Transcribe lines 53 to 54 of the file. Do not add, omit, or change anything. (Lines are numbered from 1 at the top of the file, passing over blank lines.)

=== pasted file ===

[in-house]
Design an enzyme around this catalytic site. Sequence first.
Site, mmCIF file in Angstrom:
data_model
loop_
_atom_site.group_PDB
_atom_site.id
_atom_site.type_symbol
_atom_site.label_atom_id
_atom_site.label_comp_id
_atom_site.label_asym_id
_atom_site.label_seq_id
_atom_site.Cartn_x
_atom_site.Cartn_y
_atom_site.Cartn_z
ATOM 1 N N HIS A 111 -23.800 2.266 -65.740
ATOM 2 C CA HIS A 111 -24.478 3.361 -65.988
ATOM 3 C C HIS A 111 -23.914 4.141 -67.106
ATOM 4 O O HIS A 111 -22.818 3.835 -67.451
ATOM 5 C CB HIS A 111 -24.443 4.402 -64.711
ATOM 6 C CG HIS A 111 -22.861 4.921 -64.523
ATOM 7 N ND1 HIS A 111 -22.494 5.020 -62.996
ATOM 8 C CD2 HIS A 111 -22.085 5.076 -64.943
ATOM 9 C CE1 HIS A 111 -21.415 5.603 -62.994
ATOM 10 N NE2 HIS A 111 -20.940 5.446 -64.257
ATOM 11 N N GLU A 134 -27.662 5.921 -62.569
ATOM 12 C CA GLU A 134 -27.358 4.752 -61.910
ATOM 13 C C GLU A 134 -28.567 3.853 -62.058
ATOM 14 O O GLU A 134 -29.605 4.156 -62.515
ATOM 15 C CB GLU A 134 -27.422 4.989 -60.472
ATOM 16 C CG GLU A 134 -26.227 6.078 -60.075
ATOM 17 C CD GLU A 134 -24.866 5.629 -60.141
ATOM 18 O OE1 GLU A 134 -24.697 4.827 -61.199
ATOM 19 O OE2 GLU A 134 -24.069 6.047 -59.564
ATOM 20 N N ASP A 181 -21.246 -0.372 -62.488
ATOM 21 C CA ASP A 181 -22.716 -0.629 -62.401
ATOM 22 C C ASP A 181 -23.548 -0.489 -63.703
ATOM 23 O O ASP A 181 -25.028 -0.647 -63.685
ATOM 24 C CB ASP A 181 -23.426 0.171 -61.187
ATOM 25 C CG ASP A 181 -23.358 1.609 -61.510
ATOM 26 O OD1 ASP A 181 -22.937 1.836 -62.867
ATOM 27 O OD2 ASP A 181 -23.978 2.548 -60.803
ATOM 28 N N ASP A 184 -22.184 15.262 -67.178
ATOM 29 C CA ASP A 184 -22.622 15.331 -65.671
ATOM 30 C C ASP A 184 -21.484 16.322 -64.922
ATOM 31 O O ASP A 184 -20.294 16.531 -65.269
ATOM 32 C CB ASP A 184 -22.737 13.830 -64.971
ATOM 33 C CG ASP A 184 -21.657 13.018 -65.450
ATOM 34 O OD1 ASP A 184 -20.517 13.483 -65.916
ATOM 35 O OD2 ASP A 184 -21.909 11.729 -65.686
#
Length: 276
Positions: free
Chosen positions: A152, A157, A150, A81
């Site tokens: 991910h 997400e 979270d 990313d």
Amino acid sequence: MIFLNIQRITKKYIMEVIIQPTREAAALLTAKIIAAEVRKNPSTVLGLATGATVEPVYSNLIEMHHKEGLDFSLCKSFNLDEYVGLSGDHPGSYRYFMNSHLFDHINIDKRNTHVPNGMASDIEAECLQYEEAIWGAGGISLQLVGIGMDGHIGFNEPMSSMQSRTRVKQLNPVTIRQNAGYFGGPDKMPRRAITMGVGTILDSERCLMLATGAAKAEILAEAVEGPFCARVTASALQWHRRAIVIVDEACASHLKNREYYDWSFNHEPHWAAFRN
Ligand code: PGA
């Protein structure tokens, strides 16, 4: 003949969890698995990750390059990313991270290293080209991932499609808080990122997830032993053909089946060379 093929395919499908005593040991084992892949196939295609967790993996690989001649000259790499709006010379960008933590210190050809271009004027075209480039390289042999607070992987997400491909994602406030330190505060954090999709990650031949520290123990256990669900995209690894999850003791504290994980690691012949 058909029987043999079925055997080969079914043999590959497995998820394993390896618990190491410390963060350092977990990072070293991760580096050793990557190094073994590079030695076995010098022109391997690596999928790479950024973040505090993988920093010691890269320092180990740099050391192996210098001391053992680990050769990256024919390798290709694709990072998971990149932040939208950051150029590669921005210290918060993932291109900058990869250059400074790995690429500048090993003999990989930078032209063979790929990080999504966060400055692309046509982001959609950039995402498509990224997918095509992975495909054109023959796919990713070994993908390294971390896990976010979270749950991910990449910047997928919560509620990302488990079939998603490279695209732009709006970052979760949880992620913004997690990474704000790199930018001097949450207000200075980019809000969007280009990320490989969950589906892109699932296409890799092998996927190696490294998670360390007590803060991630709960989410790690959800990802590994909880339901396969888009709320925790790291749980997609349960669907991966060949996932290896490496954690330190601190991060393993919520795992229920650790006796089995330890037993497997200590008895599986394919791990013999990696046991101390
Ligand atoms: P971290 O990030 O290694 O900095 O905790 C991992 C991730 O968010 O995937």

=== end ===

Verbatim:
Positions: free
Chosen positions: A152, A157, A150, A81